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Audit shows King County Metro's Access Paratransit system needs improvements

On Tuesday, King County auditors revealed over the last decade, Access transportation costs have increased while on-time performance has declined. (Photo: KOMO News)

SEATTLE (KOMO) – On Tuesday, King County auditors revealed over the last decade, Access transportation costs have increased while on-time performance has declined.

In addition, Access, operated by Metro Transit, has failed to promote the program to those who speak English as a second language.

Metro Transit was aware of these concerns and told KOMO on Wednesday it, in fact, worked with the auditors over the last few months to prepare the report.

“I really want to clearly state, that our Access Paratransit system is working, but we need to find a way to better meet our customers' need,” said Chris O’Claire, Metro Transit Assistant General Manager.

Per the report, Access Paratransit, a federally mandated program outlined in the American Disability Act, provided nearly 900,000 rides to over 8,000 rides in 2016.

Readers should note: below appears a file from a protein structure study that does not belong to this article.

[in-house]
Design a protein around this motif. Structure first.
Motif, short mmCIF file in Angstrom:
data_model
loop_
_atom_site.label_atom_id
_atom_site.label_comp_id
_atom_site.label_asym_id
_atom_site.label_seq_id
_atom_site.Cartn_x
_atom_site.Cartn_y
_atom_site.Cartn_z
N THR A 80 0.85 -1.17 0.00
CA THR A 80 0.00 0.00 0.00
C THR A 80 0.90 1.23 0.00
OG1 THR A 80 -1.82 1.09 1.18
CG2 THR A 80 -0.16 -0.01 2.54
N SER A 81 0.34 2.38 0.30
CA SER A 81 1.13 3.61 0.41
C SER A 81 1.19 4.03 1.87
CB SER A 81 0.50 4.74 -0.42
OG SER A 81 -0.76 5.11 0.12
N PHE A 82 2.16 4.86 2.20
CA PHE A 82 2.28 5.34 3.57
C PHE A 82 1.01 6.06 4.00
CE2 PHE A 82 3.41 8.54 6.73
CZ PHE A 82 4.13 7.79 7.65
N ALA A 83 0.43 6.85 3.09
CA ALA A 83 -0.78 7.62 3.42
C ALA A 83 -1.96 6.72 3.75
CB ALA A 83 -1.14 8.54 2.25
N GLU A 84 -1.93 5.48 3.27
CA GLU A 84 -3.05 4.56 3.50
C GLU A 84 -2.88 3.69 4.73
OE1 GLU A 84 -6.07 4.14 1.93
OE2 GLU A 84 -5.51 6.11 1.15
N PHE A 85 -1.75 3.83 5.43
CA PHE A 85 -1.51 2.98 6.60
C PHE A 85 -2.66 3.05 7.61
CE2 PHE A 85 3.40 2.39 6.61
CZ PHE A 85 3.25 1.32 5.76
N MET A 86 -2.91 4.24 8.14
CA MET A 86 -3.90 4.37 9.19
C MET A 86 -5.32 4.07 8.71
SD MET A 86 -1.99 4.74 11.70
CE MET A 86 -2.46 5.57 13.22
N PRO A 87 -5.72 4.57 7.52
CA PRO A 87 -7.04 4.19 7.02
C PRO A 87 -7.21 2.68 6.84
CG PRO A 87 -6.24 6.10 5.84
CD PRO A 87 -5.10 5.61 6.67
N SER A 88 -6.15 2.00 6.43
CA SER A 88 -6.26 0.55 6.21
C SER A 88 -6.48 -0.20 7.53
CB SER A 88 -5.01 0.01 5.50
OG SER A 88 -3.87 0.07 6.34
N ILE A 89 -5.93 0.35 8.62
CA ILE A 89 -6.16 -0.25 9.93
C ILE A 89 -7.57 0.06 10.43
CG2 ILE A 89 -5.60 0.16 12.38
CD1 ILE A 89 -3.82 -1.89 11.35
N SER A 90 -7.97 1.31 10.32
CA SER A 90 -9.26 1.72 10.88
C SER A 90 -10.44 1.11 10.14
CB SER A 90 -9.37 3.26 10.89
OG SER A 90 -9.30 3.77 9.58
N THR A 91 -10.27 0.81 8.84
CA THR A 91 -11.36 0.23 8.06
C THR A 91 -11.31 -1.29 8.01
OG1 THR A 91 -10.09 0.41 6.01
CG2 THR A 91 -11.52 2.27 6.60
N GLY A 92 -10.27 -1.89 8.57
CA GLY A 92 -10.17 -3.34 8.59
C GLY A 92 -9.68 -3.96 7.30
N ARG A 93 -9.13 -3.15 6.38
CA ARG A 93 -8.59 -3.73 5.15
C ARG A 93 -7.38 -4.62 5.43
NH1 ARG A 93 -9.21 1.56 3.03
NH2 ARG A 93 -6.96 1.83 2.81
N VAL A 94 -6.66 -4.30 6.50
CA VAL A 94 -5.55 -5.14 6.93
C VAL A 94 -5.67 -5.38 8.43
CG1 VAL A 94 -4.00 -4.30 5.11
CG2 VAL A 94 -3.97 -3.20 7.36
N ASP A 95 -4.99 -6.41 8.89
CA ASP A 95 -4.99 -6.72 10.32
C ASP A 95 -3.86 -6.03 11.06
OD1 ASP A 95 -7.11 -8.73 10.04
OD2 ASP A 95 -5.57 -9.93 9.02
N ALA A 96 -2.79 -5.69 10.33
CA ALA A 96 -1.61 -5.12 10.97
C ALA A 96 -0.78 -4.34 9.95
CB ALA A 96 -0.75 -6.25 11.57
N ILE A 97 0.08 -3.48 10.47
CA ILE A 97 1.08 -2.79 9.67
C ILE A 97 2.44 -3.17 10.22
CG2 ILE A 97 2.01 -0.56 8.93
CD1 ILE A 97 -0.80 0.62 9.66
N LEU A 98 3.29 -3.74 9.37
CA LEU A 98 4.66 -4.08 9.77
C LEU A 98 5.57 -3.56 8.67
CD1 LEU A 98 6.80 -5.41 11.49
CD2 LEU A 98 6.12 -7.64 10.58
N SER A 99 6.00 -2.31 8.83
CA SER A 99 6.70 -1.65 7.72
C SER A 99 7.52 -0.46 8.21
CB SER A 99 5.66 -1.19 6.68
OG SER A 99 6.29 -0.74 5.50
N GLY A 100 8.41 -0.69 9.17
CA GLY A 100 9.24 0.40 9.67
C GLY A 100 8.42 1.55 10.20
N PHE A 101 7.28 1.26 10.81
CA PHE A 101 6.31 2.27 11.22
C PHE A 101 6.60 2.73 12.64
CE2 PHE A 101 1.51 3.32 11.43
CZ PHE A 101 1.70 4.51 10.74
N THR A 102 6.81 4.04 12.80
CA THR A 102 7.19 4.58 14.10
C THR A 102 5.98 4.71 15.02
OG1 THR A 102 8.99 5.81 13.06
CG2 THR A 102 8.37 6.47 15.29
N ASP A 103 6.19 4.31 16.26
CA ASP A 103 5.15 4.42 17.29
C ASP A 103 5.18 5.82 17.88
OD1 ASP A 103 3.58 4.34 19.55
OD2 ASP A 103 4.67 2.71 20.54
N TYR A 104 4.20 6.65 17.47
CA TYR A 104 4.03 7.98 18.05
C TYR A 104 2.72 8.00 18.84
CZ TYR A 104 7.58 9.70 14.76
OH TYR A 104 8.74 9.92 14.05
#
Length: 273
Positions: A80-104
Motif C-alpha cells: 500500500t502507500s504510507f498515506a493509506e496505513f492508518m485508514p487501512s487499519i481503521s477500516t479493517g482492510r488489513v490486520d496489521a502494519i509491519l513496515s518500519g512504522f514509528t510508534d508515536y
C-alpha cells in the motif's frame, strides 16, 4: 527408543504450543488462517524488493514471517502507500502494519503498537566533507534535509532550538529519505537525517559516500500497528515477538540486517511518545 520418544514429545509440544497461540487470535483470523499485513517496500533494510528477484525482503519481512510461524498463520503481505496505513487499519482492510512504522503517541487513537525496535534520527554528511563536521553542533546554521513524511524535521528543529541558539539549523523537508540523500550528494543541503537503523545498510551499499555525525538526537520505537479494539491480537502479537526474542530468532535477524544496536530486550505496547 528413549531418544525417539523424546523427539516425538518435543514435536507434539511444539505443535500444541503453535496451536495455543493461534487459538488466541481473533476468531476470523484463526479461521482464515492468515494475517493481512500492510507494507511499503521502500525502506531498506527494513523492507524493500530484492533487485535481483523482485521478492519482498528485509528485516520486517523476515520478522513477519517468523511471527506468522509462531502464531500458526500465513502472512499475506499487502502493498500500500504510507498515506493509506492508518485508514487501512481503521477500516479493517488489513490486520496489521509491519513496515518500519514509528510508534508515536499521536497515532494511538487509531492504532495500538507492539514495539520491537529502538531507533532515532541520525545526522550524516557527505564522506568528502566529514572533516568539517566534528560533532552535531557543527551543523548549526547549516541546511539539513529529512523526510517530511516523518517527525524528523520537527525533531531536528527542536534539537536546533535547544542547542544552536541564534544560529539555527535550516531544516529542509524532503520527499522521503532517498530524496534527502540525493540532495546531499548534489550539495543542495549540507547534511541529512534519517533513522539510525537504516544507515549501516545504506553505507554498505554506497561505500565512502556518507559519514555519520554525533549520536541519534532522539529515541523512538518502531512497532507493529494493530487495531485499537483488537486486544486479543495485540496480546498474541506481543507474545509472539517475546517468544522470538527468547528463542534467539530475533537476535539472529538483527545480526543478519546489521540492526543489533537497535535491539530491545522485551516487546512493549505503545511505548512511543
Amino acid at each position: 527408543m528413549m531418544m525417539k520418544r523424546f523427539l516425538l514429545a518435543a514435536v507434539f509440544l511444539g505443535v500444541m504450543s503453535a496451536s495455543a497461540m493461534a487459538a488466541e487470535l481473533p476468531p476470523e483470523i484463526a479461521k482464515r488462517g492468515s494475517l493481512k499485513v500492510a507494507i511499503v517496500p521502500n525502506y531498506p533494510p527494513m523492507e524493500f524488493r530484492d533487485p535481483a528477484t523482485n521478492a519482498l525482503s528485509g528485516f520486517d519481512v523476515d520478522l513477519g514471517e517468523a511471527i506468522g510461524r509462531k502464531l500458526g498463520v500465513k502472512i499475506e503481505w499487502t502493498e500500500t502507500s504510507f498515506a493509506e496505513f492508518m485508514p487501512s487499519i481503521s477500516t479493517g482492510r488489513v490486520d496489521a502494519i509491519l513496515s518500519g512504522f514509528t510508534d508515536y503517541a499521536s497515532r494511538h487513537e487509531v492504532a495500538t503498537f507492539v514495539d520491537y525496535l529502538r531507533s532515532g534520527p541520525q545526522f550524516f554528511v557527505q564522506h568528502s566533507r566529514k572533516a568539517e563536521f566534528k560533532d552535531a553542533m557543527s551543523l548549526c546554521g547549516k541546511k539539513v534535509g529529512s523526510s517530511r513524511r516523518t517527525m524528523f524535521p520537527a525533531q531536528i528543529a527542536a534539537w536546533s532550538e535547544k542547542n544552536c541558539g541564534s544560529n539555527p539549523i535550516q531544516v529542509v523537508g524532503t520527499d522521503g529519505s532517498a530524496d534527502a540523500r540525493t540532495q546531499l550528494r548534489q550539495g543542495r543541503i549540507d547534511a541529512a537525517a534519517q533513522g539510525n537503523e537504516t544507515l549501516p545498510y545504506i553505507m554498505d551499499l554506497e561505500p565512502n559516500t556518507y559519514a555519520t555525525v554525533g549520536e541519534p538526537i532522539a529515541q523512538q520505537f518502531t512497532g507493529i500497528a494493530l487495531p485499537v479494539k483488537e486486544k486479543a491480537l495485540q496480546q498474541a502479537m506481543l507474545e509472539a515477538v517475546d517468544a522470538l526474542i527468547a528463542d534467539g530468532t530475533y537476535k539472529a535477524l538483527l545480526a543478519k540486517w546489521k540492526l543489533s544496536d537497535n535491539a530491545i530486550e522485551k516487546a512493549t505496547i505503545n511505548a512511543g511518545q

Some riders say this report echoes complaints they’ve had for many years.

“Either you’re two hours early or three hours late,” said Kibibi Monie, who said she’s been riding Access for more than 10 years.

Rose Yu’s son Asher has a developmental disability. He’s been riding Access the last two years.

“I’d say once a week there’s something that I have to attend to," he said.

Metro Transit currently subcontracts all aspects of the Access Paratransit system to three companies: Veolia/Transdev, First Transit, and Solid Ground.

Critics question if this business structure.

“We see that Metro is subcontracting its service, and washing its hands of responsibility for really poor service that’s not meeting federal standards,” said Susan Koppelman of the Transit Riders Union and spokesperson for Stop Veolia Seattle.

On Wednesday, Metro Transit told KOMO they are currently accepting proposals for a new contractor starting in 2018.

“This will be a single contractor with an umbrella contract,” O’Claire said.

The contract length will be five years, renewable up to ten years, according to Metro Transit spokesperson, Jeff Switzer.

“This will be a single contractor with an umbrella contract," he said.

In the report, auditors provide recommendations to, “address inefficient practices, improve service, and ensure equitable access” to the Access system.

Metro Transit says they are already working to address many of these shortcomings. By the end of the summer, Metro Transit hopes to have mobile ticketing, smaller vans available, and improved customer service options.

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